It’s Easy Being Green: Less Is More

Programs that recycle old electronics such as cell phones are good, but perhaps a better approach is to use less gadgets in the first place.

A pile of cell phones is seen at ReCellular in Dexter, MI. Cell phone recycling is on the rise, but the underlying demand for product upgrades continues to drive raw materials consumption and emissions from the industry. (AP/Paul Sancya)
A pile of cell phones is seen at ReCellular in Dexter, MI. Cell phone recycling is on the rise, but the underlying demand for product upgrades continues to drive raw materials consumption and emissions from the industry. (AP/Paul Sancya)

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Cell phones and mobile devices have fundamentally changed our lives, from the way we interact with other people and businesses to the way we surf the web. But while the ubiquity of cell phones has made us more connected than ever before, these electronics are not without their setbacks.

First off, cell phones are big carbon emitters. The cell phone industry’s emissions add up to about 183 million tons of carbon dioxide annually—roughly equal to the automobile and airline industries. Mobile technologies can reduce emissions from other sectors—such as the automobile and airplane industries—by reducing travel emissions with innovations like telecommuting. But by and large the cell phone industry, like other consumer electronics industries, is focused on constantly upgrading its products, which leads to more consumption of raw materials and more emissions from extracting the materials, manufacturing, and transporting the finished products.

It’s also old news that cell phone demand has helped drive the decades-long conflict in the Democratic Republic of the Congo. Eighty percent of the world’s columbite-tantalite, or coltan, comes from the DRC. Coltan is a vital element in creating capacitors, the electronic elements that control the flow inside miniature circuit boards and are used in almost all cell phones. The metallic ore is plundered by rebels to fund their war effort.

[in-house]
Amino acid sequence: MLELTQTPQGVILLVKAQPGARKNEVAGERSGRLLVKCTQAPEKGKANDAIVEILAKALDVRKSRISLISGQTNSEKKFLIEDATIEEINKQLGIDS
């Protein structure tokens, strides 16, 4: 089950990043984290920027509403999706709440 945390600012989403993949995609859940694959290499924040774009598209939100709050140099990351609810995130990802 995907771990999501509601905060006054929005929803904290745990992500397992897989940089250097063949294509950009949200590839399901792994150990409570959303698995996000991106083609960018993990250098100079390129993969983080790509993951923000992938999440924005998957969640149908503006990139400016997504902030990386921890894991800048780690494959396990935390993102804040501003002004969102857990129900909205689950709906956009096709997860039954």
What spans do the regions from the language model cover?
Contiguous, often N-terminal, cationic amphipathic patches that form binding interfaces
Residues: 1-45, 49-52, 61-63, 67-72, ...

Then there’s electronic waste or e-waste, which makes up only 2 percent of trash in U.S. landfills but accounts for roughly 70 percent of heavy metals in those landfills and 70 percent of the overall toxic waste. Electronics also often contain lead and mercury, which can contaminate soil and drinking water. Even in small amounts, lead is harmful to humans, especially children.

Luckily, e-recyclers have been popping up everywhere, from your local cell phone store to services like eRecyclingCorps or that help you mail your phone to a recycling center. and YouRenew—which pays consumers to renew old electronics—have joined forces to create a gadget take-back program that aims to recycle 40,000 consumer electronics devices between April 22 and May 21. And last year ReCellular refurbished, resold, and recycled 5 million cell phones, meaning they diverted 1.6 million pounds of solid waste from landfills, including more than 600,000 pounds of hazardous materials.

Recycling cell phones helps reduce pollution that would be generated by manufacturing a new product, and many electronics recyclers are trying to make the process more responsible by signing the Electronics Recycler’s Pledge of True Stewardship, which says they promise not to export hazardous electronic parts to developing countries and dispose of equipment in incinerators that can specifically accommodate these toxic compounds.

There are also many charities, shelters, and local organizations that want your old phones. Cell Phones for Soldiers is just one program that sells your used cell phone and uses that money to purchase prepaid calling cards to send to members of the U.S. military deployed overseas, enabling them to call their families.

But there’s a bigger point to be made here: Recycling doesn’t change the market-driven consumer behavior that’s at the root of the problem. Cell phones are disposable by design and most people upgrade to a new phone after only 18 months. Recycling and buy-back programs make their money off of high collection numbers, which means they rely on our desire for more and more gadgets. Without greener and longer-lasting phones, people will still buy the latest model with the latest functions.

All this spending adds up. U.S. households spend roughly $1,400 annually on an average of 24 electronic items, according to the Consumer Electronics Association. It’s a cycle where gadgets are continually upgraded and consumers continue to buy them, leading to a continuation of the problems outlined above.

Recycling programs no doubt help, but perhaps a better approach would be for e-cycling companies to set super low recycling goals and super high resell goals so that more gadgets are kept in the consumer stream, which would reduce demand for new products and be a more efficient use of our precious resources. If we consume few gadgets during our lifetime, we’ll get the most out of the energy put into creating them and put the least pollution back into the environment.

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